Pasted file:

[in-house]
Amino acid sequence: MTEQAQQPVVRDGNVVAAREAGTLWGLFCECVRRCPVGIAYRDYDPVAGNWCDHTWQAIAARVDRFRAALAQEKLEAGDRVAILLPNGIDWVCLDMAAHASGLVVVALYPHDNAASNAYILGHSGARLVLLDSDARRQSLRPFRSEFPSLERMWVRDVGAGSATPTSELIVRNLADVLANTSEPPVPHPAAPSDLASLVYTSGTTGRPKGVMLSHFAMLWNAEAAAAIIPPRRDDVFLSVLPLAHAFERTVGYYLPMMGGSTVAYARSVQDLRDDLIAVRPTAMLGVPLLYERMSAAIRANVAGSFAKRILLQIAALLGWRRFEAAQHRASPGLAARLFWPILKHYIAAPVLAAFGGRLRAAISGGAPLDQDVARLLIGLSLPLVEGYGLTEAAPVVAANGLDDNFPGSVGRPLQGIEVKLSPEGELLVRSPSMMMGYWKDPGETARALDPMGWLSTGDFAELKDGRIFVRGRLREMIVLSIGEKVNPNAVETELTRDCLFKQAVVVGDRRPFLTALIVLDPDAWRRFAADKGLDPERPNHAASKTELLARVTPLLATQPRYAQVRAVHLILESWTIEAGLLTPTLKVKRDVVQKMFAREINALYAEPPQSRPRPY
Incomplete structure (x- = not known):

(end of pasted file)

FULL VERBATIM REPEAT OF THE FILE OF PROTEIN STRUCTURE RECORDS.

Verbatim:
[in-house]
Amino acid sequence: MTEQAQQPVVRDGNVVAAREAGTLWGLFCECVRRCPVGIAYRDYDPVAGNWCDHTWQAIAARVDRFRAALAQEKLEAGDRVAILLPNGIDWVCLDMAAHASGLVVVALYPHDNAASNAYILGHSGARLVLLDSDARRQSLRPFRSEFPSLERMWVRDVGAGSATPTSELIVRNLADVLANTSEPPVPHPAAPSDLASLVYTSGTTGRPKGVMLSHFAMLWNAEAAAAIIPPRRDDVFLSVLPLAHAFERTVGYYLPMMGGSTVAYARSVQDLRDDLIAVRPTAMLGVPLLYERMSAAIRANVAGSFAKRILLQIAALLGWRRFEAAQHRASPGLAARLFWPILKHYIAAPVLAAFGGRLRAAISGGAPLDQDVARLLIGLSLPLVEGYGLTEAAPVVAANGLDDNFPGSVGRPLQGIEVKLSPEGELLVRSPSMMMGYWKDPGETARALDPMGWLSTGDFAELKDGRIFVRGRLREMIVLSIGEKVNPNAVETELTRDCLFKQAVVVGDRRPFLTALIVLDPDAWRRFAADKGLDPERPNHAASKTELLARVTPLLATQPRYAQVRAVHLILESWTIEAGLLTPTLKVKRDVVQKMFAREINALYAEPPQSRPRPY
Incomplete structure (x- = not known):